Speider Schneider March 23rd, 2012

Matthew Hawkins: Toying Around With Paper Engineering Creativity

When I was with a former employer there were rumors of upcoming layoffs (obviously the rumors ended up being true or I wouldn't be referring to it as a FORMER employer). The company denied the rumors, which sent employees a message to be nervous. Sure enough, layoffs started. First it was some forced retirements. Then the sales force got hit hard. Naturally, the creative department, which was one of the largest of any American company, started suffering odd hits among the staff. Many of these people were leaders in creative innovation that were completely undervalued and underused. Matthew Hawkins was one such individual. His success at making his passion the top priority in his life shows how much untapped potential went to waste while working for the company. But, as the saying goes, “one door closes and another opens.” The open door also allowed him to profit from his passion, rather then let it bypass his pocket and go directly to his employer. Matthew Hawkins. Self portrait in paper.

How He Started A New Creative Path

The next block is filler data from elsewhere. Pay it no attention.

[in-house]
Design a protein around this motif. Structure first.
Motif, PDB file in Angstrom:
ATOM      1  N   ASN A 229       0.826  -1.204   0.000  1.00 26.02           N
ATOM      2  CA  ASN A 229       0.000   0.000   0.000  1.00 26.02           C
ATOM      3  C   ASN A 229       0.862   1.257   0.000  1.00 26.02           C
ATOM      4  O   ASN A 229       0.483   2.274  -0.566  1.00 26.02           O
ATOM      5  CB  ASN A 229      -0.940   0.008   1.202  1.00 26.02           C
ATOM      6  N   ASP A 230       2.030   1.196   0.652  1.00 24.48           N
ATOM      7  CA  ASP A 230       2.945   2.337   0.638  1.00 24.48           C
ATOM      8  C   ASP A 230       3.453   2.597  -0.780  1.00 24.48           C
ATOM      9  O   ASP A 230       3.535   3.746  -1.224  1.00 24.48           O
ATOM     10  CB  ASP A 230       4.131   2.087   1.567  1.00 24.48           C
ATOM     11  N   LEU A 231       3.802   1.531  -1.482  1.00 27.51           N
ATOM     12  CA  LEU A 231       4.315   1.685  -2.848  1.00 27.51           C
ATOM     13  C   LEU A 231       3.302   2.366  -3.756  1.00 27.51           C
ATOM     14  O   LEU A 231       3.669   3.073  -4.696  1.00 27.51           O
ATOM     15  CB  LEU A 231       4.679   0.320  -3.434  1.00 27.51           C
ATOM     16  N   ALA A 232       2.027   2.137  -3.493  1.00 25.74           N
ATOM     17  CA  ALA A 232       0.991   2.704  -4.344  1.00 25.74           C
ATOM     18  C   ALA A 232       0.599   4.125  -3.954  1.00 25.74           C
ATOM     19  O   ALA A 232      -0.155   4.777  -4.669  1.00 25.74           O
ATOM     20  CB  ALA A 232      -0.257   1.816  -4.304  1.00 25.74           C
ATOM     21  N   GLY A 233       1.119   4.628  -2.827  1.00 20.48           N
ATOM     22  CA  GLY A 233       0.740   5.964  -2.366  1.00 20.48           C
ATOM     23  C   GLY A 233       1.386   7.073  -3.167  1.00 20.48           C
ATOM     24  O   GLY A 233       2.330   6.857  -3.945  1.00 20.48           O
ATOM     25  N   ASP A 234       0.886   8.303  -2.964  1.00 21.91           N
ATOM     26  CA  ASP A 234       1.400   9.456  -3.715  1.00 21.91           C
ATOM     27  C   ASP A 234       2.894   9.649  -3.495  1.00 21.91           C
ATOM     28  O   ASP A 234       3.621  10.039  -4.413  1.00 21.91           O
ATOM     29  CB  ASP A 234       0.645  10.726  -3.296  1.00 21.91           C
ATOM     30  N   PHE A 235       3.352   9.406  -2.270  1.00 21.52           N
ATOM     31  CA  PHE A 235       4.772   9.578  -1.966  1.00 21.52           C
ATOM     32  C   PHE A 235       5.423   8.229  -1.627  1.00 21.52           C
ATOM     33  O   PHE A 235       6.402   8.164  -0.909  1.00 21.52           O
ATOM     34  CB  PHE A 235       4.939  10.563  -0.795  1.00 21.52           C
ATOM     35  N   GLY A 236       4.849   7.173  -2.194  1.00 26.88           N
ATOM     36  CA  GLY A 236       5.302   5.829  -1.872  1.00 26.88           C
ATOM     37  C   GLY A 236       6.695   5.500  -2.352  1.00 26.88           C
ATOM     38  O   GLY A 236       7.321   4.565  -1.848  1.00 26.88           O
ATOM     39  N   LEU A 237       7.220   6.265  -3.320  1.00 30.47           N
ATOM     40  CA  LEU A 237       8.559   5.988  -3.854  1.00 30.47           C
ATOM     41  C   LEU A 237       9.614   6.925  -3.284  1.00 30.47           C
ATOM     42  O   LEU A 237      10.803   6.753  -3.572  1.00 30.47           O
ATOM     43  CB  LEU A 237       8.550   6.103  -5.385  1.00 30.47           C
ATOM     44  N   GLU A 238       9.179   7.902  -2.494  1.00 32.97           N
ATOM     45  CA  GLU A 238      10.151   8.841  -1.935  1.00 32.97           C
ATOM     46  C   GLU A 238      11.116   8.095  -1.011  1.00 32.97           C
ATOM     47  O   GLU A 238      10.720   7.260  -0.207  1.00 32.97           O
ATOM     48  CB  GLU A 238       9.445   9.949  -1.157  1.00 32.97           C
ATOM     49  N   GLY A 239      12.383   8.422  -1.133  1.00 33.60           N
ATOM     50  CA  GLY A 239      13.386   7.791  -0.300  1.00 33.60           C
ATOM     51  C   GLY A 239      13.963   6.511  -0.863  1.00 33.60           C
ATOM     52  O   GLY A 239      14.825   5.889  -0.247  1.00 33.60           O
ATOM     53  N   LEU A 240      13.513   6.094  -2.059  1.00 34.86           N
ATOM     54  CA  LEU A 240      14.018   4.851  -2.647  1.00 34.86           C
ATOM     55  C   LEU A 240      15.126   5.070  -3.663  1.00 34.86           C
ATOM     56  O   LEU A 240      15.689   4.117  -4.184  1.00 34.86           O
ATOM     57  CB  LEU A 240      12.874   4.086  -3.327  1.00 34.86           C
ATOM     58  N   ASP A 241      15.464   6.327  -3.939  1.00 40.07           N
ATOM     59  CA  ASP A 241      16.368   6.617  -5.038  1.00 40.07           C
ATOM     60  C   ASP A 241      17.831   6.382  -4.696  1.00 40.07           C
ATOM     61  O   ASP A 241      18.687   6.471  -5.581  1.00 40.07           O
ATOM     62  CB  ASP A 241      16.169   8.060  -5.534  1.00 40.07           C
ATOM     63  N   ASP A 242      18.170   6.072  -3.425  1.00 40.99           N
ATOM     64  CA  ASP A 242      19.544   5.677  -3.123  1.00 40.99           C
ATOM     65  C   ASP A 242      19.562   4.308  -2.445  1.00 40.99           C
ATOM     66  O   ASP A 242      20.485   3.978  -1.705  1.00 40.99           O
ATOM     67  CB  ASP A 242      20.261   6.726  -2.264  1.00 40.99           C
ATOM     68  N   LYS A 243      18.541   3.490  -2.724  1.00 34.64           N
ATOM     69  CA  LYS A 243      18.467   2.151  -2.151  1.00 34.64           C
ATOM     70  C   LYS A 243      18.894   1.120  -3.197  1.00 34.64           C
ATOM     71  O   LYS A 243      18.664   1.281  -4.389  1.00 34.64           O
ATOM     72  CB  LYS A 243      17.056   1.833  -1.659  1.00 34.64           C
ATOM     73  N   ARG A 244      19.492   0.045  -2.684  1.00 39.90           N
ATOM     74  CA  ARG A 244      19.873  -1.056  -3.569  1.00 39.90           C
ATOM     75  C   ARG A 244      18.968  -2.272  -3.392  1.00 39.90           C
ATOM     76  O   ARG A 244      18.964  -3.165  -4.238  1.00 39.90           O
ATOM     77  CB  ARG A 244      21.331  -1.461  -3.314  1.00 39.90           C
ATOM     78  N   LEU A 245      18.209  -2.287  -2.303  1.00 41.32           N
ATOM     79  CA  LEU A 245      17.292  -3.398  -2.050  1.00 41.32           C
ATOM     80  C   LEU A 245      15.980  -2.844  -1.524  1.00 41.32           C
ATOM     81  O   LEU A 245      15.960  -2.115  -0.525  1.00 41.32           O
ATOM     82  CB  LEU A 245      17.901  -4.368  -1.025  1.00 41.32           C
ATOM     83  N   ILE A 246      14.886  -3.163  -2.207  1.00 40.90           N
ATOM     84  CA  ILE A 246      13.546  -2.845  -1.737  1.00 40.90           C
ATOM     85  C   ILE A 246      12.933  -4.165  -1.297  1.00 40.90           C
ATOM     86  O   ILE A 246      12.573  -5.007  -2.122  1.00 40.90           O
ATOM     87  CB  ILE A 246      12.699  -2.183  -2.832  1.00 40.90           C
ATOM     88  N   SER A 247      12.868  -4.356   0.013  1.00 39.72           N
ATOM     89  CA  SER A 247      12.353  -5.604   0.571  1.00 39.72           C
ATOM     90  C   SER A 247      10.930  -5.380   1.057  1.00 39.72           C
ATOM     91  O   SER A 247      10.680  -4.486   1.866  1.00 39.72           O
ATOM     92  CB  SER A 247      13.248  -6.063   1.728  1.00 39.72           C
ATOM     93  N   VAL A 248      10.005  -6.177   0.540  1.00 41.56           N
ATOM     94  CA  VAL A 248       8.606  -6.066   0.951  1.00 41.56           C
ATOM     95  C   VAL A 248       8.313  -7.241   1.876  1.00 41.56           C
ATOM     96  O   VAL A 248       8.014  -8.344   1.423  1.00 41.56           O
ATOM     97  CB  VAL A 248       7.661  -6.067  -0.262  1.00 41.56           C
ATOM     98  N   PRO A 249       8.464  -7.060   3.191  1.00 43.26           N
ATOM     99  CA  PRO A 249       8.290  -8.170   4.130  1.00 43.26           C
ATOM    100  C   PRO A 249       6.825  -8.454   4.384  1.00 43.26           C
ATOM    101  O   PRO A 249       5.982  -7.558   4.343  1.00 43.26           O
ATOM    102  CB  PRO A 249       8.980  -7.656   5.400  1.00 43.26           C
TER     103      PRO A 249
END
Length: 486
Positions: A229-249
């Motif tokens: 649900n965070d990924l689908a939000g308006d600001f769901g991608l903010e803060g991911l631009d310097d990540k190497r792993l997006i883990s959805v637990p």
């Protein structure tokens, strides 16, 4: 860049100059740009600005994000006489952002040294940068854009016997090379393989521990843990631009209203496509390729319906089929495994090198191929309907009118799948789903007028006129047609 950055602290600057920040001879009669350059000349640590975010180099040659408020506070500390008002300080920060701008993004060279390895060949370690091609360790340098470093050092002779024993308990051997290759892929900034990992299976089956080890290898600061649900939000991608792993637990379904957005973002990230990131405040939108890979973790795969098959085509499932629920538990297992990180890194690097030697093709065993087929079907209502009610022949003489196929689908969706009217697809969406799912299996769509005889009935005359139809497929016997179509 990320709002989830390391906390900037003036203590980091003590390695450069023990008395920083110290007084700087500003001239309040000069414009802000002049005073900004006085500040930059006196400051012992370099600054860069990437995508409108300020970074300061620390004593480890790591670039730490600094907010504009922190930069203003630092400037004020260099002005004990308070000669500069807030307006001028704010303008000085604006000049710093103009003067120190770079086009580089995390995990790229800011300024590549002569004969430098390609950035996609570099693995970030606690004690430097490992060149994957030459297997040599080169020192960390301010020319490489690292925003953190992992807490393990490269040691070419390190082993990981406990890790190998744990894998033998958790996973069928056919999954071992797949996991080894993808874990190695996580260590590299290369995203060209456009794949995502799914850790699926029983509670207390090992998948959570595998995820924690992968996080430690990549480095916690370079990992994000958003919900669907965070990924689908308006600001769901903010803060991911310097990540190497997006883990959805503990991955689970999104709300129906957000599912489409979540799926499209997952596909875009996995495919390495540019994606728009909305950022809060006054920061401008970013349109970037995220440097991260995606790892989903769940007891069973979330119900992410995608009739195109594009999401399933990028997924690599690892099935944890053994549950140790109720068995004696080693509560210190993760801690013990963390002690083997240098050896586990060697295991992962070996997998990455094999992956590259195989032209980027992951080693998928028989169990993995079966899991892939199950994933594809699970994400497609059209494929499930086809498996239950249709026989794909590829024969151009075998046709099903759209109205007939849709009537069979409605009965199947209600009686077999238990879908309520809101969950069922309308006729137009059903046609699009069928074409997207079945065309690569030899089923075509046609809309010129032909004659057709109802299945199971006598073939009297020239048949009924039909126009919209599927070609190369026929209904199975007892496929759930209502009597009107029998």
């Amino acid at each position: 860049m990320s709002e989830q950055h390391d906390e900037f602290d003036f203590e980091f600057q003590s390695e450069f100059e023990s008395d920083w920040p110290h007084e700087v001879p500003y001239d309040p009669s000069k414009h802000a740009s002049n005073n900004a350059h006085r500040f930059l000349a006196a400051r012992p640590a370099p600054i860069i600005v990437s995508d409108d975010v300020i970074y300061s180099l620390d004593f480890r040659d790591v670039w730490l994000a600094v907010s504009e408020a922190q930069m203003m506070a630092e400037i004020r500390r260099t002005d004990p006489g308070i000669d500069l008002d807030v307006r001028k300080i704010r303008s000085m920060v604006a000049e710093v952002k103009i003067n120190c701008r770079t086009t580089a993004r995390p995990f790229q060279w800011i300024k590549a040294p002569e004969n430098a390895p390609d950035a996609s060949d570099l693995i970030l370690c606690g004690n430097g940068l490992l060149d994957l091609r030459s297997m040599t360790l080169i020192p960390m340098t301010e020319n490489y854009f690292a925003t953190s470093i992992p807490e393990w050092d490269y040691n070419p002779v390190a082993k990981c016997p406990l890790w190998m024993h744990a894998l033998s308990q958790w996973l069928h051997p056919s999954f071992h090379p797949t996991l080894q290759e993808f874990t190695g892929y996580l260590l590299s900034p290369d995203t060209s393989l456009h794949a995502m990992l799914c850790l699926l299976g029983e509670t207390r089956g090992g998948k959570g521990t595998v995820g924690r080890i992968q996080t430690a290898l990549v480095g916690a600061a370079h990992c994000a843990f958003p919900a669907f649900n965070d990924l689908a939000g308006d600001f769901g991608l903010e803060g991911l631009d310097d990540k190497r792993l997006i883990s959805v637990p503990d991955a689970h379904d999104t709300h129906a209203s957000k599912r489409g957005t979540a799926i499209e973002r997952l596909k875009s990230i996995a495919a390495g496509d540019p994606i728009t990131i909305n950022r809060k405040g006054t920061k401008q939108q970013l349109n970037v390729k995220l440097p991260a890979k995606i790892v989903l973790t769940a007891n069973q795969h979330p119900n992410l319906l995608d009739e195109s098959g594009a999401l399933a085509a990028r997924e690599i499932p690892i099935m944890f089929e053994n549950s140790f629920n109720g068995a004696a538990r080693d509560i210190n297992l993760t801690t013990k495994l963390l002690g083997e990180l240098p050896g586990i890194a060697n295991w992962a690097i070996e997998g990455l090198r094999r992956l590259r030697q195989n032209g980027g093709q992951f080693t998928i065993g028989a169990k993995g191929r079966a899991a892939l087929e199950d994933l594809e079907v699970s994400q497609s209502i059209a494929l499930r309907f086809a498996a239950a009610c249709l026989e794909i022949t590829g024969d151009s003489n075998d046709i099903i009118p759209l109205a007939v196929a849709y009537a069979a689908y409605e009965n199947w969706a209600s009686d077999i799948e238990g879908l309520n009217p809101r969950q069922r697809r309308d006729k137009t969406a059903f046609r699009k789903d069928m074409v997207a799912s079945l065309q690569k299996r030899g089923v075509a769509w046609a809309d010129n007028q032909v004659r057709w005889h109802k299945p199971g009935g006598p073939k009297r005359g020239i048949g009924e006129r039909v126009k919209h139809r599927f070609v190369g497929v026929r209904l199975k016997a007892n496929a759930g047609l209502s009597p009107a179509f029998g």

“Well,” Matthew begins, “I was working at a greeting card company as a production artist and they had these free soda machines. So every time you went to get a soda a little plastic cup would drop down and at the end of every day I'd amass a small stack of plastic cups. One day I turned one over and drew a face on it with a Sharpie. Then I used some index cards and made little paper limbs for my little ‘Cupenstein.’" "So I started making more and more cup figures," Matthew resumed, "and started making more and more elaborate paper accessories like cars and whatnot. In a little while these creations were more paper than plastic cups. About this time I came across the website http://www.paperforest.blogspot.com and they feature artists who were making these amazing little paper crafts and sharing the templates online. I made a paper craft character to promote a comic I had just released. I was hooked and things just took off from there." “While at the card company,” he continues, “I got a couple art directors interested in the idea of putting some punch out and assemble toys inside of cards, so we developed a line for Father's Day. We thought kids and dads would enjoy making these models. So I was given the time and resources to fully develop them.” Unfortunately, as can happen with innovative ideas, Matthew’s ideas were a bit too fresh for some. As he relates the story, “they were presented to a certain retailer that didn't go for them and I'm not sure why we never tried the concept again. People seemed to dig them. I know I've hit roadblocks with other companies because they feel they aren't instant gratification, they're too hard to build, kids don't have the attention span or parents don't really want to spend time with their kids -- they want something to throw at them to keep them quite for a few minutes. I disagree with all these things and that's why I continue to work with companies who believe these toys are a great project for families and kids and have great value and fun.” Luckily, Matthew landed at a company that saw value and fun in his work. “I do a lot of papertoys for my current employer, who specializes in fast food premiums -- stuff you would find in kids meals from fast food restaurants. We use ‘papertoys’ (Matthew’s term for his paper creations) to cost balance plastic or plush toys. So we might do a month of papertoys so we can afford to do really cool plastic or plush toys the next month or will put one papertoy in with a group of plastic toys. With the price of oil/plastic going up, shipping getting more expensive and a rising wages in China, papertoys have become a great option for us. They are cheaper, can be domestically produced and at the end of their life, biodegradable! I also design and illustrate a lot of kid’s menus for them. Just a few of Matthew's creations for fast food premiums. Matthew has also discovered that his 3d work has become an art form, showing in galleries around the globe. “I have sent papertoys to shows in LA, New York, Vancouver, Amsterdam. Places like Rivet Gallery in Columbus and Pink Hobo in Minneapolis. Lately I've been doing these larger scale Shadow Box type pieces that use my paper craft atheistic but applies it to a more ‘hang on the wall’ type art. I love doing large freestanding pieces but they don't sell because people don't know what the heck to do with them!” After so many creations and successes on the market and in galleries, it was inevitable that Matthew do a collection in book form. “Urban Paper was my first book experience and it sold out in its first year but didn't get a second printing,” he reflects. “Mostly I think due to a bad economy when it came out a few years back but since then I've done publishing projects for books and toy kits that have been selling well!” One of the many books in which you can find Matthew's work. Check out his site for more! There's a good chance you’ve already seen Matthew's papertoys in a magazine or newspaper. As a 3D illustrator, he has had some impressive clients. “I started out wanting to do editorial illustration,” he recalls, “so I love it when I get a chance to build a little paper craft scene or toy that gets used for illustration. I've done stuff for a kid’s magazine, alternative newsweeklies and even did a papertoy version of Rupert Murdoch driving a paper machine robot for Newsweek! Cover of The Pitch -- Kansas City (Village Voice Publishing). Naturally, I had to ask how long it takes him to create one of these pieces, from concept to finished piece, as it's not just design but also paper engineering. “A long, long while,” he answered, dodging the question nicely. “I really have no idea. All I know is it always takes longer than I think. I enjoy the process so I don't really count the hours but when a commercial project comes down I’m almost always under the time quoted.” With a growing reputation and exposure, Matthew’s work is gaining popularity. I asked what projects he has on the horizon. “I'm actually doing some small kids crafts and a big paper craft piece for an upcoming event at the Nelson-Atkins Museum in Kansas City, Missouri. I also have a full year of gallery shows to which I'm sending pieces. But this year, I'm really concentrating on getting some retail stuff in the market place. I went to Toy Fair a few week ago and saw a lot of crap paper craft kits being offered and I thought ‘HEY! I can make crap paper craft kits, too!’ So, I’ll be focusing on some of those projects.” What’s Matthew’s future in this creative avenue? “I'm just going to keep plugging away, and I want to get back to doing more free models to download from my site. I love to share these things for free as it was a big part of what inspired me to start making them. I'm working with a few different toy companies to make a few retail papertoy kits for the market.” Matthew imparts some advice for those who want to explore making 3D papertoys. “Grab a piece of paper and start cutting, gluing and folding! Really explore the medium with your hands. Don't open up Illustrator and start making cubes.”